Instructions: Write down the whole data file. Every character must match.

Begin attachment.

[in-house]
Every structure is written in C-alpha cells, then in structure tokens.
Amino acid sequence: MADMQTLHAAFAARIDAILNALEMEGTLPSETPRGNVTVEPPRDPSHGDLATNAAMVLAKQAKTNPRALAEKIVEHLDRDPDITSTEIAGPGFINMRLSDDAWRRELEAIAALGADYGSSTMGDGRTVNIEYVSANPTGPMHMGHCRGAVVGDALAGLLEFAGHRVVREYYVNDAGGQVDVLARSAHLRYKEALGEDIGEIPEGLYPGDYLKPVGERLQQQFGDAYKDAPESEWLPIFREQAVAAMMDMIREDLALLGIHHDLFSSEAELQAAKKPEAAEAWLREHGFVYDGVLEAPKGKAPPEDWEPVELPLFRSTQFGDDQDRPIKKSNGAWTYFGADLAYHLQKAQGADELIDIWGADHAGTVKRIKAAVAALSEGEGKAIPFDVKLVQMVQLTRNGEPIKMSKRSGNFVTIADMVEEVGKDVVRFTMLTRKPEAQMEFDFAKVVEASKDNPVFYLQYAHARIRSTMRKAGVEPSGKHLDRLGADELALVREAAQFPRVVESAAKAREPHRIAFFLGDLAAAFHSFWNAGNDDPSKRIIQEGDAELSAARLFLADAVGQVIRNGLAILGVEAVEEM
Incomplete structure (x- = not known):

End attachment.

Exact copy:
[in-house]
Every structure is written in C-alpha cells, then in structure tokens.
Amino acid sequence: MADMQTLHAAFAARIDAILNALEMEGTLPSETPRGNVTVEPPRDPSHGDLATNAAMVLAKQAKTNPRALAEKIVEHLDRDPDITSTEIAGPGFINMRLSDDAWRRELEAIAALGADYGSSTMGDGRTVNIEYVSANPTGPMHMGHCRGAVVGDALAGLLEFAGHRVVREYYVNDAGGQVDVLARSAHLRYKEALGEDIGEIPEGLYPGDYLKPVGERLQQQFGDAYKDAPESEWLPIFREQAVAAMMDMIREDLALLGIHHDLFSSEAELQAAKKPEAAEAWLREHGFVYDGVLEAPKGKAPPEDWEPVELPLFRSTQFGDDQDRPIKKSNGAWTYFGADLAYHLQKAQGADELIDIWGADHAGTVKRIKAAVAALSEGEGKAIPFDVKLVQMVQLTRNGEPIKMSKRSGNFVTIADMVEEVGKDVVRFTMLTRKPEAQMEFDFAKVVEASKDNPVFYLQYAHARIRSTMRKAGVEPSGKHLDRLGADELALVREAAQFPRVVESAAKAREPHRIAFFLGDLAAAFHSFWNAGNDDPSKRIIQEGDAELSAARLFLADAVGQVIRNGLAILGVEAVEEM
Incomplete structure (x- = not known):